Appearing on MSNBC’s The Beat early Tuesday night, frequent MSNBC guest and Fordham University professor Christina Greer smeared the memory of late University of Iowa student Mollie Tibbetts as “a girl in Iowa” that “Fox News is talking about” instead of going all-in on the plea deal for Michael Cohen and the verdict in the Paul Manafort trial.



On Monday’s edition of Hardball with Chris Matthew, former federal prosecutor Cynthia Alksne joined a discussion on the legal cases surrounding President Trump. Among the cases discussed were those concerning former Trump Campaign chairman Paul Manafort and former Trump lawyer Michael Cohen. Alksne had specific advice for Cohen, saying that “he can give the prosecutor something on Trump’s kids.”



In an Obama-like and pathetic display of worshiping at the feet of Robert Mueller’s investigation, MSNBC’s Hardball opened Tuesday with glee on day one for the first Paul Manafort trial as host Chris Matthews and assembled guests hoped that it was “opening night” or “a day of history” that could begin “the dismantling of the Trump administration.”



On Tuesday’s Good Morning America, ABC anchor George Stephanopoulos couldn’t hide his desire that President Trump would be implicated in the new Paul Manafort trial. Even though the charges against Manafort are completely unrelated to the Russia collusion investigation, Stephanopoulos kept suggesting that Trump could be impacted negatively by the trial.



In late June, Politico's Josh Gerstein reported that the Associated Press, in a 2017 meeting with FBI and Justice Department officials a month before the appointment of Special Counsel Robert Mueller, had voluntarily "disclosed the existence of a storage locker used by Paul Manafort." A Sunday report by Gerstein further revealed that AP gave FBI-DOJ "a bevy of facts" about Manafort's business dealings. Two internal FBI memos released in Friday court filings documenting that meeting's discussions indicate that the wire service essentially gave the FBI and DOJ a roadmap for investigating and prosecuting Manafort, effectively acting as unpaid informants.



Talk about fake news. During a live break in on Wednesday to cover Donald Trump’s latest comments on immigration, a network graphic falsely reported that former Trump aide Paul Manafort was guilty of killing five people. As Trump spoke, the ABC chyron claimed: “Manafort Pleads Guilty to 5 Charges of Manslaughter.” 



Axios is yet another leftist website which promised "vital, trustworthy news and analysis" with "no bias" and "no nonsense" but has subsequently descended into parody. Saturday, Mike Allen and Jim VandeHei, two of the site's founders, posted "The Public Case Against Trump," allegedly a list of "known knowns" about "a damning tale that would sink most leaders." It's a colossal example of fake news.



The television networks have flooded us with hours and hours of coverage of the Robert Mueller probe, still looking under every rock for some sign of Russian collusion with the Trump campaign. But on May 5, a federal judge harshly blasted Mueller’s tactics in court, even going to far as to challenge the scope of his authority in this probe. Was this a big story for our objective press, insisting they give us a dispassionate examination of the facts? No. This was a test, and they flunked it.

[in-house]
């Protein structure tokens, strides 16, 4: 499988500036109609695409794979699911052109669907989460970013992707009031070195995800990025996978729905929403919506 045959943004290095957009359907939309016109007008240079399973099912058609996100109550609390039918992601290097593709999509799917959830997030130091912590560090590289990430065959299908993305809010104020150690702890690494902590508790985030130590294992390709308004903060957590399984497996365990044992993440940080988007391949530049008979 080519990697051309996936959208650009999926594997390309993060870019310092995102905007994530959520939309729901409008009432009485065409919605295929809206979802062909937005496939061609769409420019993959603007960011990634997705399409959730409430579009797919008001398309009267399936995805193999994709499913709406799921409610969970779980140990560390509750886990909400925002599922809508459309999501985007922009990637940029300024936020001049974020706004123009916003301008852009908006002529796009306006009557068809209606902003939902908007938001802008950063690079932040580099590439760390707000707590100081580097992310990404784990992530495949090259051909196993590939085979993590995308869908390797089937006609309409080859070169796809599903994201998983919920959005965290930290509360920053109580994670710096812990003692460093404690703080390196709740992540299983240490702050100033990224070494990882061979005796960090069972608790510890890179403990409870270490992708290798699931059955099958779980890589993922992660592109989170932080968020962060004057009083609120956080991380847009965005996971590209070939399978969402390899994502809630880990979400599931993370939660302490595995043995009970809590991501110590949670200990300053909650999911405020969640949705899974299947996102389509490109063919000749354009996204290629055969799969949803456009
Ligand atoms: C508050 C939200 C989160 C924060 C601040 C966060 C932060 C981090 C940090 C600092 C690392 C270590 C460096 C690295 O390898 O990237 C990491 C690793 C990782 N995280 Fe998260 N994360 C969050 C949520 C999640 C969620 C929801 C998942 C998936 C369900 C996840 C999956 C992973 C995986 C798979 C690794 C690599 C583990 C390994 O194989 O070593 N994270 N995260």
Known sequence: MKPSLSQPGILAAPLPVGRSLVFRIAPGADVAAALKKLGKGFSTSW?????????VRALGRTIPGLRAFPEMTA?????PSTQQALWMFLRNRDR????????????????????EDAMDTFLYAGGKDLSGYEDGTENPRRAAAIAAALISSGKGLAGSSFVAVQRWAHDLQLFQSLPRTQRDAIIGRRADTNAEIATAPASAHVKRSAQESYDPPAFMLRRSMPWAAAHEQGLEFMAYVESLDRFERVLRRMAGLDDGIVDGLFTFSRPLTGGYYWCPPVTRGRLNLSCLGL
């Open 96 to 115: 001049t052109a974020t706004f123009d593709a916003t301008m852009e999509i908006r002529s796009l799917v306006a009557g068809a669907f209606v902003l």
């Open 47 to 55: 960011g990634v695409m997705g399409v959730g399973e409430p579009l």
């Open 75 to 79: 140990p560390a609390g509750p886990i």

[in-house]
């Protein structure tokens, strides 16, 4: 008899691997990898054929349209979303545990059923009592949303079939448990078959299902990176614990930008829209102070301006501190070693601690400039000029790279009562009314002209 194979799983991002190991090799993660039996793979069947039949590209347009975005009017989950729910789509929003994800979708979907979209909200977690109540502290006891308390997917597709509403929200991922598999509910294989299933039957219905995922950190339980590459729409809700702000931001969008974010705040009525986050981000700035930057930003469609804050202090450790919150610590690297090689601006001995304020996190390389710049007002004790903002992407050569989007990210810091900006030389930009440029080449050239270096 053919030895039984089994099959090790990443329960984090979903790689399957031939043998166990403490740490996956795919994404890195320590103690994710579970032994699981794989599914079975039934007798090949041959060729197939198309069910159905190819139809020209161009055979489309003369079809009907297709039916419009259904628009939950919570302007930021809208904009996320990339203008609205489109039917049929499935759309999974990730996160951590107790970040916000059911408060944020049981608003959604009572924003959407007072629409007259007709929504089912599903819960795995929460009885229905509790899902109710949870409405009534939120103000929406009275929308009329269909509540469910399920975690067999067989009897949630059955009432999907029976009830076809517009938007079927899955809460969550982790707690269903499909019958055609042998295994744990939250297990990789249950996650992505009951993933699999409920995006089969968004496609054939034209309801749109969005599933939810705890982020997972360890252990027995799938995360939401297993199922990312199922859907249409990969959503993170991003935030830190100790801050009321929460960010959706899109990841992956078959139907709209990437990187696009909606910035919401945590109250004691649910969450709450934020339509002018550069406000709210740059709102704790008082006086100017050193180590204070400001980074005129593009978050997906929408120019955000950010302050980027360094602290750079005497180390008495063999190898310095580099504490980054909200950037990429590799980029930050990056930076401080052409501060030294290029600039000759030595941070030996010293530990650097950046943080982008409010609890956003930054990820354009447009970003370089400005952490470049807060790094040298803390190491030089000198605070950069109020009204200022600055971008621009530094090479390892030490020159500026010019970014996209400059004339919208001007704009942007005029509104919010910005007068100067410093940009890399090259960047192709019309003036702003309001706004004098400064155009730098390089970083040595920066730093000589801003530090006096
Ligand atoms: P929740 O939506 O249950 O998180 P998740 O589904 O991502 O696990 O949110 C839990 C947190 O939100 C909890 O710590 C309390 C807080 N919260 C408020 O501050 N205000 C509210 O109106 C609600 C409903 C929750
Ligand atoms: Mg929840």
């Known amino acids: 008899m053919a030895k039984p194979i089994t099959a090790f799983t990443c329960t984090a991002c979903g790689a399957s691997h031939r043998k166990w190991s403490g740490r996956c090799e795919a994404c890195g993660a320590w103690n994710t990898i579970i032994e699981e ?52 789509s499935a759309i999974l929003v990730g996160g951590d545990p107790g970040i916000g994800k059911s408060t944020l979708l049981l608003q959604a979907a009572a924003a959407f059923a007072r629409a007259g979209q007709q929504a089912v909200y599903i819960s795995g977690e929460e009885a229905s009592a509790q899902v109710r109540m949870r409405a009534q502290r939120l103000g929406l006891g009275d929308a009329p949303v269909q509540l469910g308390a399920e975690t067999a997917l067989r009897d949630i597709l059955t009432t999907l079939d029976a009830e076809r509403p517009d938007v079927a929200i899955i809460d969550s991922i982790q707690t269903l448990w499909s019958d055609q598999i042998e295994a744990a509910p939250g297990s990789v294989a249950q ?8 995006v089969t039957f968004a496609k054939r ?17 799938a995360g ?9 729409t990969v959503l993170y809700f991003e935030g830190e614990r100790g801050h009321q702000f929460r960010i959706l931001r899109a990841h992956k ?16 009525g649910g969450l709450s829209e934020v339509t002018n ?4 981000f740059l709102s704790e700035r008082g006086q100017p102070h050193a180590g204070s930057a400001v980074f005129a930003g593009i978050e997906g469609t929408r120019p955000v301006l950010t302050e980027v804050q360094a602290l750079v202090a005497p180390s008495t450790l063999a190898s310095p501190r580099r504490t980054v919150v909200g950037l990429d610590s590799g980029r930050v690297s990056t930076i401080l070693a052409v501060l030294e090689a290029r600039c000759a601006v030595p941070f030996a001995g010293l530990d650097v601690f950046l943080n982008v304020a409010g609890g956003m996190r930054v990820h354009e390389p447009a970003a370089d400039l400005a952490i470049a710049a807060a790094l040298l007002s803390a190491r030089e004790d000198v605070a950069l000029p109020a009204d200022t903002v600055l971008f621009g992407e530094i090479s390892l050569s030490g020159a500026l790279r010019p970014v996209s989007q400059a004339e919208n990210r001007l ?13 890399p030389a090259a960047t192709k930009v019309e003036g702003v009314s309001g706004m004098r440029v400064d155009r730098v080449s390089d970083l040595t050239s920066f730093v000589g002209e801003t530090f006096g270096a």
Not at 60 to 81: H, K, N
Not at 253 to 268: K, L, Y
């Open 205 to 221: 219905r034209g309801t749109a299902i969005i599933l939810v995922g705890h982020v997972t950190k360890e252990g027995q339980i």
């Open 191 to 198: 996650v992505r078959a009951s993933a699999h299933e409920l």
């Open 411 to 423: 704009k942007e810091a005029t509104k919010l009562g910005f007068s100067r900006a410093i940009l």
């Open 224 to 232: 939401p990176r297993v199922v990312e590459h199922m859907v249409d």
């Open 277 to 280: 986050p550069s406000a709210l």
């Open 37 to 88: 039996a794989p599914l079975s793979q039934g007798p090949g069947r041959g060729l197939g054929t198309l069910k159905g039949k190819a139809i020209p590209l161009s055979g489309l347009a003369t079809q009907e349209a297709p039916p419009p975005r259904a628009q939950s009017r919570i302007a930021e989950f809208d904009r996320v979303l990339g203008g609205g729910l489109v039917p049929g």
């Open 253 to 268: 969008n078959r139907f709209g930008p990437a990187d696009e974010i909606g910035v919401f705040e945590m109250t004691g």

Monday, as Paul Manafort and others were indicted, the CNN and MSNBC had the following rules for covering the indictments and other matters relating to the Robert Mueller-led investigation into Russia and the 2016 election: 1) Thou shalt only cover matters relating to President Donald Trump and Russia; 2) While doing so, thou shalt ignore Russia's interactions with Bill Clinton and Secretary of State and 2016 presidential candidate Hillary Clinton; 3) Thou shalt not report on any other news stories while on-air.



On Monday, the anticipated indictments of former Trump campaign chairman Paul Manafort and deputy chair Rick Gates handed out by Special Counsel Robert Mueller sucked up most of the oxygen in much of the news media. Many of the 24-hour cable news channels ran wall-to-wall coverage with a lot of the airtime being used to recycle the same speculation hour after hour. There was little difference during the evening broadcasts of the Big Three Networks (ABC, CBS, and NBC), where they spent almost 60 percent of their total airtime on Russia news.



Monday on ABC’s The View, things got heated when discussing the breaking news that morning about ex-Trump campaign manager Paul Manafort had been indicted by FBI special counsel Robert Mueller. After announcing the news, the audience cheered as the panel joked that they hoped President Trump would be next. As host Meghan McCain brought up Hillary Clinton’s funding of the Russian dossier, hosts Sunny Hostin and Joy Behar angrily shut her down, insisting that Democrats and Clinton had nothing to do with any Russia collusion.



Celebrities love being affirmed and validated. So while Hollywood is being rocked with its own sex abuse scandals around its brightest stars, plenty of has-beens are celebrating Manafort’s indictment. All of Hillary’s biggest celebrity supporters, acting as circling sharks since November 9, 2016, spent October 30 on Twitter wildly celebrating the indictment of a former campaign manager for President Donald Trump. Singer Cher stated today: “WHY DO ALL “TRUMP” ROADS LEAD TO RUSSIA.”